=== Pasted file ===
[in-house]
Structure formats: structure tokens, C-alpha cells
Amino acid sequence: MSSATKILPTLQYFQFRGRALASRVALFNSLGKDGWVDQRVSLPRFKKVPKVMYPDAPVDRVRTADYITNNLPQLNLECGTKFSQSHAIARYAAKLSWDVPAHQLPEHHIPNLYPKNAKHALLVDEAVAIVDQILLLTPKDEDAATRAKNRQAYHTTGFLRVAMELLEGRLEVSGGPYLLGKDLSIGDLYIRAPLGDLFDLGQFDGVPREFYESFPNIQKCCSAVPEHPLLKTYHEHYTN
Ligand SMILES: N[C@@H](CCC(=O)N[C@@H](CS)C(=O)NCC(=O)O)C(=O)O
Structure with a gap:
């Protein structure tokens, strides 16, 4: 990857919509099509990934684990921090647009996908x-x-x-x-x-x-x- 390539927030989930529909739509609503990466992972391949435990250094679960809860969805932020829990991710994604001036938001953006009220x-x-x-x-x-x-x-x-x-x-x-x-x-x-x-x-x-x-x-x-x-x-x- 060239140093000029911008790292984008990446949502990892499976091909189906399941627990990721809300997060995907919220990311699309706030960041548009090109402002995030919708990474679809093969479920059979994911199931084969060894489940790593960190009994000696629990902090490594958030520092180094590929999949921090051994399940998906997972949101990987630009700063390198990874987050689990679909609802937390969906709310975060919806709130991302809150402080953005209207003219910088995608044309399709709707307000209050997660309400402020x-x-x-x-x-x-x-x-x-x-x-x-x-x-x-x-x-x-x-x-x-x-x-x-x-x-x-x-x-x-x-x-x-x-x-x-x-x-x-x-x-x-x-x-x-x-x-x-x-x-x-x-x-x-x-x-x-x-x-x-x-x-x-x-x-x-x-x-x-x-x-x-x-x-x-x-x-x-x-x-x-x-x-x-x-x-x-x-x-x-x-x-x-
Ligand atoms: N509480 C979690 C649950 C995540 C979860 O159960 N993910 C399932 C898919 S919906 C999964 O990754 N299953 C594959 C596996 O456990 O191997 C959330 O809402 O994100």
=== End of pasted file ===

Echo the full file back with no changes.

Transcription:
[in-house]
Structure formats: structure tokens, C-alpha cells
Amino acid sequence: MSSATKILPTLQYFQFRGRALASRVALFNSLGKDGWVDQRVSLPRFKKVPKVMYPDAPVDRVRTADYITNNLPQLNLECGTKFSQSHAIARYAAKLSWDVPAHQLPEHHIPNLYPKNAKHALLVDEAVAIVDQILLLTPKDEDAATRAKNRQAYHTTGFLRVAMELLEGRLEVSGGPYLLGKDLSIGDLYIRAPLGDLFDLGQFDGVPREFYESFPNIQKCCSAVPEHPLLKTYHEHYTN
Ligand SMILES: N[C@@H](CCC(=O)N[C@@H](CS)C(=O)NCC(=O)O)C(=O)O
Structure with a gap:
């Protein structure tokens, strides 16, 4: 990857919509099509990934684990921090647009996908x-x-x-x-x-x-x- 390539927030989930529909739509609503990466992972391949435990250094679960809860969805932020829990991710994604001036938001953006009220x-x-x-x-x-x-x-x-x-x-x-x-x-x-x-x-x-x-x-x-x-x-x- 060239140093000029911008790292984008990446949502990892499976091909189906399941627990990721809300997060995907919220990311699309706030960041548009090109402002995030919708990474679809093969479920059979994911199931084969060894489940790593960190009994000696629990902090490594958030520092180094590929999949921090051994399940998906997972949101990987630009700063390198990874987050689990679909609802937390969906709310975060919806709130991302809150402080953005209207003219910088995608044309399709709707307000209050997660309400402020x-x-x-x-x-x-x-x-x-x-x-x-x-x-x-x-x-x-x-x-x-x-x-x-x-x-x-x-x-x-x-x-x-x-x-x-x-x-x-x-x-x-x-x-x-x-x-x-x-x-x-x-x-x-x-x-x-x-x-x-x-x-x-x-x-x-x-x-x-x-x-x-x-x-x-x-x-x-x-x-x-x-x-x-x-x-x-x-x-x-x-x-x-
Ligand atoms: N509480 C979690 C649950 C995540 C979860 O159960 N993910 C399932 C898919 S919906 C999964 O990754 N299953 C594959 C596996 O456990 O191997 C959330 O809402 O994100």